Prior to the turn of the 21st century, the saltwater aquarium industry relied almost exclusively upon wild-caught animals. Even today, the vast majority of livestock involved in the global marine aquarium industry, which has an estimated value greater than £4.9 billion annually, is collected from the wild.
In some parts of the world, fishing techniques that use dynamite or sprays of cyanide to stun marine animals are commonplace—practices that often do widespread damage to the surrounding reefs and cause heavy die-offs among collected fish and invertebrates. Even when techniques are ideal, wild collection of marine animals can create issues through overfishing, by removing species that have key roles in the maintenance of reef ecosystems.
This is not to say that wild collection of marine ornamental species is exclusively harmful to the environment. Sustainable collection of reef organisms can provide a valuable source of income for local communities throughout coastal areas of the tropics, which are often economically depressed. This durable source of income can encourage local fishermen to become stewards of the reef, and to manage marine fisheries as a vital component of their livelihoods.
Nonetheless, the lack of transparency and oversight involved in the collection of marine species, combined with fierce competition, often translates into less than ideal impacts on marine ecosystems. Aquaculture has the potential to mitigate the damage to reef habitats and reduce pressure on heavily traded species, which are increasingly threatened by environmental factors like climate change and ocean acidification.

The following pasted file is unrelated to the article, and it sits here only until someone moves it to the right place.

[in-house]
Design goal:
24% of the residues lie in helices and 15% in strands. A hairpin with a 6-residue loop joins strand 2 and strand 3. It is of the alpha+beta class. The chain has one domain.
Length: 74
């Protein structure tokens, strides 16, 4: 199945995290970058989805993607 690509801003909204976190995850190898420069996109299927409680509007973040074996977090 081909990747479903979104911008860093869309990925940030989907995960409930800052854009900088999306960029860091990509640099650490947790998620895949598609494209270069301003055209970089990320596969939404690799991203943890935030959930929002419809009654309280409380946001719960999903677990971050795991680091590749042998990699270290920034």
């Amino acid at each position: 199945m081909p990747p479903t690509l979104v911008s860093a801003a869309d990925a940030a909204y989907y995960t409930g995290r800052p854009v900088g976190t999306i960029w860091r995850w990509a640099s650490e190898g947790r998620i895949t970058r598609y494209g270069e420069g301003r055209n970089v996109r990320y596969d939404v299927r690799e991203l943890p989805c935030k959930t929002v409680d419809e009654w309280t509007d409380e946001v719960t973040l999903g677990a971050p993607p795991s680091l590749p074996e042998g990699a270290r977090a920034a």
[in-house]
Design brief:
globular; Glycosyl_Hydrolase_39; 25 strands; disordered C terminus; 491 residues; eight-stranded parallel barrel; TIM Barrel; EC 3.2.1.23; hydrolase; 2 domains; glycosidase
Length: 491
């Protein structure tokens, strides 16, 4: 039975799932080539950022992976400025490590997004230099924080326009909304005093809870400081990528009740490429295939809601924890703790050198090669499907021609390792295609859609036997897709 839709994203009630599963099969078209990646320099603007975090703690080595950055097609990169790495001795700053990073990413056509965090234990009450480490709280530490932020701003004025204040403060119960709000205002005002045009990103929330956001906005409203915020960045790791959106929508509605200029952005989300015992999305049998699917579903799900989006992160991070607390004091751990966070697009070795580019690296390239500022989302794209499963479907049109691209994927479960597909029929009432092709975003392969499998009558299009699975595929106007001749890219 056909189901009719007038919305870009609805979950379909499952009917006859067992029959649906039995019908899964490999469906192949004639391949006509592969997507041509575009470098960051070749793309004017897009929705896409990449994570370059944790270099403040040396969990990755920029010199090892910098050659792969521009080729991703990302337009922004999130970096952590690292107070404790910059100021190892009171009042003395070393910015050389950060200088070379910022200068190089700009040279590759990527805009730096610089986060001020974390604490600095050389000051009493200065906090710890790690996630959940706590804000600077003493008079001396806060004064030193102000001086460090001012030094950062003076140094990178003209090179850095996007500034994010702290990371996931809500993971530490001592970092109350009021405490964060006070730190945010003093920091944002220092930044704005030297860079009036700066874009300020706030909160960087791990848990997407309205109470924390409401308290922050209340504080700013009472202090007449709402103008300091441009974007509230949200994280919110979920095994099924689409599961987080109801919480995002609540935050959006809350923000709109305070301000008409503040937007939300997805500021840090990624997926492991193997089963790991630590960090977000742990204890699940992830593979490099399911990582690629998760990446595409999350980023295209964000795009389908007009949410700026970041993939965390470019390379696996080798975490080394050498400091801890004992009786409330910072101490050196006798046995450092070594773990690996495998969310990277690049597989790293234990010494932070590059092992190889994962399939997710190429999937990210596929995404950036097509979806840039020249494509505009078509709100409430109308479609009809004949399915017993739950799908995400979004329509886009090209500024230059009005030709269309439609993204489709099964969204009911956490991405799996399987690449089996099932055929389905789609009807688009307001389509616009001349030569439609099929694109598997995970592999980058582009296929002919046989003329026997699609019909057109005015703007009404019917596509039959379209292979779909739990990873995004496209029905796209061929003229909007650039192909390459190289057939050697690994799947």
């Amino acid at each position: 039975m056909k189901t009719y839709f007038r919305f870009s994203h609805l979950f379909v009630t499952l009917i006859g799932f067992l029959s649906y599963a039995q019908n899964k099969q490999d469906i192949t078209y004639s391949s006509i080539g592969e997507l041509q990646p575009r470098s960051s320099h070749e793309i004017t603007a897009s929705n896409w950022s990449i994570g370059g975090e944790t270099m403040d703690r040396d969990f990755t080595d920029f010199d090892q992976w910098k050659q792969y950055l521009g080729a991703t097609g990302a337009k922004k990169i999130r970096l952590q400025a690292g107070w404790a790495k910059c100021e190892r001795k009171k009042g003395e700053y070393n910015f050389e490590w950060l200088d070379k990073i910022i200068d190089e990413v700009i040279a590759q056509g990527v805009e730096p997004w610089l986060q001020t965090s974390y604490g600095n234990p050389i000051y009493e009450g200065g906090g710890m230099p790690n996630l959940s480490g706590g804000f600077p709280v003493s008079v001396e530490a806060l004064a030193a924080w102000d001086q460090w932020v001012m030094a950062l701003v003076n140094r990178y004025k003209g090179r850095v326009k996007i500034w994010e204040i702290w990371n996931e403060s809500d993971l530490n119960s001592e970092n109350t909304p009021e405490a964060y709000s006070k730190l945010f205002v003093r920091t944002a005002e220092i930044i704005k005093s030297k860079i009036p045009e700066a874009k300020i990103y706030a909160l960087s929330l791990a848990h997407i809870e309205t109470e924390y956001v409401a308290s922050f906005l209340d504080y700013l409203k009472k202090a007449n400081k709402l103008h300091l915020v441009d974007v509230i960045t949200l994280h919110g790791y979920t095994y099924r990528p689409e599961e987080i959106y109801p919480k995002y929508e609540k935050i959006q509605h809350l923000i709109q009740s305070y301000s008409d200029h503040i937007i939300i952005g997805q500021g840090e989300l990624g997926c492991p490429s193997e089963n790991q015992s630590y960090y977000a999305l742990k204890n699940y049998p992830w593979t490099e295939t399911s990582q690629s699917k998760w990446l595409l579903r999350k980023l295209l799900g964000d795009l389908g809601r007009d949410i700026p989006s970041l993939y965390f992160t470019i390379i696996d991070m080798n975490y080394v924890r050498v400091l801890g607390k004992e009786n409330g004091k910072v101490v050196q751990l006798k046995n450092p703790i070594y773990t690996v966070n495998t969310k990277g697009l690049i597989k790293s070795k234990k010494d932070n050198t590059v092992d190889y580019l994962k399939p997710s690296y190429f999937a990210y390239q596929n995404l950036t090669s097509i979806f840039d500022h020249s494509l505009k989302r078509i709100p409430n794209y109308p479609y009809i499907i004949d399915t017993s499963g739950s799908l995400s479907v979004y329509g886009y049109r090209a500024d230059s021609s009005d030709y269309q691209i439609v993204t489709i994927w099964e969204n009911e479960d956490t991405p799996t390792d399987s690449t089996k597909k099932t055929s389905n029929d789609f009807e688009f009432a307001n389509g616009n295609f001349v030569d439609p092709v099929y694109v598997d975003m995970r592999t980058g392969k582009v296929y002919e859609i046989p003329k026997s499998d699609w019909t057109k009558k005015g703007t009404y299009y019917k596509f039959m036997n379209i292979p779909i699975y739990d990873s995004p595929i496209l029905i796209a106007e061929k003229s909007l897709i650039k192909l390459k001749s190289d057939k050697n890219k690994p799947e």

Farm to Tank
Aquaculture of ornamental species is hardly new. In fact, the farming of ornamental freshwater fish dates back to the 1920s. Current estimates place the percentage of captive-bred freshwater aquarium fish at around 90%, with only 10% still collected from the wild. Contrast this with the saltwater aquarium industry, in which roughly 5% of ornamental species are produced through aquaculture, and the growth potential of marine aquaculture becomes clear.
As the industry matures, the farming of saltwater aquarium species is likely to follow a similar course to the one blazed by the freshwater aquaculture industry throughout the twentieth century. In many ways, the advent of designer clownfish is evidence of this trend. So-called ‘fancy’ varieties of many freshwater species have been available to consumers for decades, maintained in well-known breeds that bear little resemblance to their ancestors in the wild.
The production of traits such as long flowing fins and dramatic patterns typically involves processes like inbreeding and genetic bottlenecking, which can reduce the health and overall fitness of ‘fancy’ fish. This isn’t really a problem in captivity, however, as the safety and stability of aquarium life eliminates the harsh pressures of natural selection that weed out the very traits that are prized among ornamental animals.